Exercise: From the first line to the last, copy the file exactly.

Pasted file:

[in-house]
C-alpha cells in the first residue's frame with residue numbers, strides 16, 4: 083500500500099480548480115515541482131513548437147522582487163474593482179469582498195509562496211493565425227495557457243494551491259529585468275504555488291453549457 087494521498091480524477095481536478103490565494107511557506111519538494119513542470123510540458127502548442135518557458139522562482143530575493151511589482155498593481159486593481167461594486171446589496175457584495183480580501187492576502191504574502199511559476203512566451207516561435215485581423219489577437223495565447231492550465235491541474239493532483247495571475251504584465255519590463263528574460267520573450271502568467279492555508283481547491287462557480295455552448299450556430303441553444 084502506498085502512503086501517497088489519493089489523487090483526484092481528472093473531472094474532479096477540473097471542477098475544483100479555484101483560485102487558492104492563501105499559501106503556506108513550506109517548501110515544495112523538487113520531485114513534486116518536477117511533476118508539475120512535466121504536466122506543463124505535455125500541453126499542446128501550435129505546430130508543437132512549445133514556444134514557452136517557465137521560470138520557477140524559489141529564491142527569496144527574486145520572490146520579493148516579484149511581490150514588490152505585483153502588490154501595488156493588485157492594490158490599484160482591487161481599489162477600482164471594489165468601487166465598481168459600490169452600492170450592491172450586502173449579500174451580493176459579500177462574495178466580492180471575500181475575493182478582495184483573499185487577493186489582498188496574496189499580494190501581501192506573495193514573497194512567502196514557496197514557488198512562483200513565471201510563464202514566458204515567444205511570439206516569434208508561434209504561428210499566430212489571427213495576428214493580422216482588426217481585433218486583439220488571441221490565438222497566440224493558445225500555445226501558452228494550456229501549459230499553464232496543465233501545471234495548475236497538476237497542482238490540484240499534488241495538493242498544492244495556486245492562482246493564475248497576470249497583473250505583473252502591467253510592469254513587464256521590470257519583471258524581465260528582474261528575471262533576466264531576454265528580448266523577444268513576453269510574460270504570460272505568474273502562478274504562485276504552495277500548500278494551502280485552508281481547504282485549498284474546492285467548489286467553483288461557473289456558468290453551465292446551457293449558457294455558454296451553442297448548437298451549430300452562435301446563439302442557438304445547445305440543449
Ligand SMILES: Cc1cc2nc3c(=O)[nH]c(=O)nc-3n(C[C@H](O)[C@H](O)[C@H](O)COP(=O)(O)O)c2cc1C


[in-house]
C-alpha cells in the first residue's frame with residue numbers, strides 16, 4: 083500500500099480548480115515541482131513548437147522582487163474593482179469582498195509562496211493565425227495557457243494551491259529585468275504555488291453549457 087494521498091480524477095481536478103490565494107511557506111519538494119513542470123510540458127502548442135518557458139522562482143530575493151511589482155498593481159486593481167461594486171446589496175457584495183480580501187492576502191504574502199511559476203512566451207516561435215485581423219489577437223495565447231492550465235491541474239493532483247495571475251504584465255519590463263528574460267520573450271502568467279492555508283481547491287462557480295455552448299450556430303441553444 084502506498085502512503086501517497088489519493089489523487090483526484092481528472093473531472094474532479096477540473097471542477098475544483100479555484101483560485102487558492104492563501105499559501106503556506108513550506109517548501110515544495112523538487113520531485114513534486116518536477117511533476118508539475120512535466121504536466122506543463124505535455125500541453126499542446128501550435129505546430130508543437132512549445133514556444134514557452136517557465137521560470138520557477140524559489141529564491142527569496144527574486145520572490146520579493148516579484149511581490150514588490152505585483153502588490154501595488156493588485157492594490158490599484160482591487161481599489162477600482164471594489165468601487166465598481168459600490169452600492170450592491172450586502173449579500174451580493176459579500177462574495178466580492180471575500181475575493182478582495184483573499185487577493186489582498188496574496189499580494190501581501192506573495193514573497194512567502196514557496197514557488198512562483200513565471201510563464202514566458204515567444205511570439206516569434208508561434209504561428210499566430212489571427213495576428214493580422216482588426217481585433218486583439220488571441221490565438222497566440224493558445225500555445226501558452228494550456229501549459230499553464232496543465233501545471234495548475236497538476237497542482238490540484240499534488241495538493242498544492244495556486245492562482246493564475248497576470249497583473250505583473252502591467253510592469254513587464256521590470257519583471258524581465260528582474261528575471262533576466264531576454265528580448266523577444268513576453269510574460270504570460272505568474273502562478274504562485276504552495277500548500278494551502280485552508281481547504282485549498284474546492285467548489286467553483288461557473289456558468290453551465292446551457293449558457294455558454296451553442297448548437298451549430300452562435301446563439302442557438304445547445305440543449
Ligand SMILES: Cc1cc2nc3c(=O)[nH]c(=O)nc-3n(C[C@H](O)[C@H](O)[C@H](O)COP(=O)(O)O)c2cc1C